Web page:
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House with Clocks in its walls

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York University
EN 3174
Alison Halsall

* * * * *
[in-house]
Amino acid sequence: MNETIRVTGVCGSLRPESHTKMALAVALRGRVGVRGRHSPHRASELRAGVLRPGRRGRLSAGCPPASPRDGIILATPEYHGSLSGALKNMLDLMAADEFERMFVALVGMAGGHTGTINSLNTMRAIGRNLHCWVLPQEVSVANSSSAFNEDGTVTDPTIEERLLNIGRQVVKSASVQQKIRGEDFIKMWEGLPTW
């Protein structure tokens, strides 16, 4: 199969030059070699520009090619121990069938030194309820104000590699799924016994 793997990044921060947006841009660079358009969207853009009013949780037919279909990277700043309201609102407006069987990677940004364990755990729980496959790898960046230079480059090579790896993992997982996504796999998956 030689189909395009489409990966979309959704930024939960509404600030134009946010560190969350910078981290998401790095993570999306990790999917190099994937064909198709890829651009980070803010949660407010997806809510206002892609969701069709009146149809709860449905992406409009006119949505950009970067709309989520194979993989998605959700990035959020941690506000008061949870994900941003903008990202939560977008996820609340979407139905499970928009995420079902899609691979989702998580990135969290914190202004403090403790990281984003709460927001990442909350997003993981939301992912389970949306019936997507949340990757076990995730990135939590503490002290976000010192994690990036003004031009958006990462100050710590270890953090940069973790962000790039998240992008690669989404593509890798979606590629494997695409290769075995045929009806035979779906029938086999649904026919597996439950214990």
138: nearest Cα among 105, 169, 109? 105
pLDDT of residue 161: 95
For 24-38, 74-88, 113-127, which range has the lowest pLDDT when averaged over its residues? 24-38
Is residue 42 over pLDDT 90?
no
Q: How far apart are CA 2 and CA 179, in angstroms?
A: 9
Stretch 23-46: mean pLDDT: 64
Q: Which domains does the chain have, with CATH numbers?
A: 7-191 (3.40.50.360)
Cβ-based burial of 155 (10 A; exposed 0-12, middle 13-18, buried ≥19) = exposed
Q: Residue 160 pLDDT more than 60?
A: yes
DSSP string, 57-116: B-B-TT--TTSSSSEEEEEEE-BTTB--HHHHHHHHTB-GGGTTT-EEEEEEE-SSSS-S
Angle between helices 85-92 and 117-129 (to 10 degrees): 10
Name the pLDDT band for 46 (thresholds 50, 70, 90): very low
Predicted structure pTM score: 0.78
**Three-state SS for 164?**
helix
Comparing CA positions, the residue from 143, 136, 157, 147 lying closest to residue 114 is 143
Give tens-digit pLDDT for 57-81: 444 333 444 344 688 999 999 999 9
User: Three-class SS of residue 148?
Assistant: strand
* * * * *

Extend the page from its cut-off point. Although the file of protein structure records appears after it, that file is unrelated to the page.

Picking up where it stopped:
The White Witch  Authoritarian figure  Provokes winter that never ends  Bloodlessness, cruelty, and death  Like the medusa  Deceitful and manipulative  Lilith – baby stealer, mother of demons, succubus, Adam’s first wife. The woman before Eve.  Created at the same time of Adam, created out of the ground as well. This is different from Eve. She tries to assert her authority over Adam, but Adam rejects her. Lilith does not like this, escapes from the Garden, and is replaced by Eve.  Eve was not on the same level as Adam as she was not made like him or from him.  Figure that earned herself a revival in the 19 century literature.  Anima in men, White Witch’s assiociation with evil was inheirited from Lilith. Lack of human characteristic’s is what makes her evil.  Page 81, there is not a drop of human blood within her, this is why she is evil.  White Witch vs. Mrs. Colter. They both have a refinement, not a warm beauty. They both deceive children. Mrs. Coulter  Beauty and power, grace, glamour subdue the children so that they willingly come with her to the North. She can’t be threatning.  Capasity fir deceit signaled by doemon  monkey that is beautiful but threatning  Stalked her first victim, premeditiated  Appeals to Tony through his empty stomach, a flatterer like the White Witch  Plants the seeds of adventure in Lyra’s head, with her own ideas of the north in Lyra  Ruthlessness and violence – most in this novel. Teaches the unteachable lyra in grace. Lasting affect on how Lyra contorts herself.  Her daemon gives it away, cannot hide her deceit.  Stereotypical female threatening figures.  Fear of abandonment Parental Figures  fear of abandonment  orphaned at a young age  Lyra as an orphan, has surrogate parental figures  Gyptians - > Learns of her real parents through this group of people  Biological parents unable to take care of her  Predatory aspects of adult child relationships.  Mrs. Coulter is her mortal enemy, Lord Asriel is completely take up with his desire to learn of the North  Lyra creates her own stories to help her cope with the relaities of her own exisitance  Inventing a history for herself  Parents therefore betray Lyra  Different types of parental figures in her life.  Lyra is awestruck by Mrs. Coulter and her glamor, but turns away from him in favor of Lord Asriel  Predominate feelings – fear, a respect from her, as a link to knowledge. He is animal like, moving as a wild animal does. (13)  Pullman refuses to endorse an unrealistic vision of family life.  Lyra’s parents are her prinicipale enemies. Lord Asriel kidnaps her best friend Roger, using him as a lab rat, in the interest of science. Kills Roger  Showdown between father and child is very significant, seeking love from surrogate father figures, rather than from her biological father.  … Children’s Gothic  Creepy picture books, spiderwick, twilight. Etc.  Fear as dominant mode of enjoyment for young readers  Critic Dale Townshed: 18 century children’s lit, emerged as reaction to adult gothic romances.  Perverse, sexuality  18 century children were directed towards instructional (didactic) texts.  Children were very drawn to the gothic stories, children have always had a want for ghosts and goblins, hauntings and horrors, fear and pretense of fear.  John Locke critized Gothic genre because of its destructive effects on children  Gothic literature provoked creation of more morally “uplifting” Thoughts concerning education  Take away their inherit goodness, last their entire lifetime  Nefarious effects the gothic works would have on children  Gothic seen as unrespectable literature at the time. They define each other. Culturally approved literature is everything that is not approved, created in opposition to each other  Acceptable form vs. the unacceptable form. Literary and the popular  The gothic has had a place in the popular.  Woodsworth – gross and violent stimulant. Gothic ficition was not sophisticated, not educating its readers, which was seen as an essential bit of children’s literature.  However, it was unstoppable, influence from Jane Eyre. Creative possibilities offered by the gothic  Gothic house very similar to intricacies of the mind  Often a place, a haunted house, haunted by a past that remain present  As a child grows, good and bad expiences, memory, intricate passages where history is lost, and resserted at uncanny times  Child’s mind is crowded, body changes in uncomfortable ways.  Transformations in the house relate to Lewis himself. Nightmares that signal the psyche being distressed.  House as a house, as a metaphorical landscape, and what it can be.  The enemy, Lord Voldemort, Count Olaf. Voldemort provides information about the entire story…  Ambiguously attractivity of the villain, the moral line is always maintained. Evil is always evil, no matter what. To expel the evil/corruption as soon as possible.  There is no notion that evil is misunderstood or can be forgiven,  Combining flamboyance, power that is compelling, strangely.  Evil desires refuse to controlled.  Aspects of self and other. Characters that satifiy needs of evil or antisocial tendencies. What makes the gothic so appealing to the child? 1. Supernatural characteristics, does not happen in real life, different realm, not common, extraoridinary. 2. Fear at the root of gothic is more personal, strikes at the audiences roots. 3. Expierence the vicarious danger while in a safe place. Appeal of the gothic  Safe distance between reader and the text  Offers temporary danger, appeal of danger. Entice us to be more daring, than our lives would allow.  A safe space for fear. Paradoxical. Safely indulge our curiousity of death and danger  Warns us of dangers that are close to the famil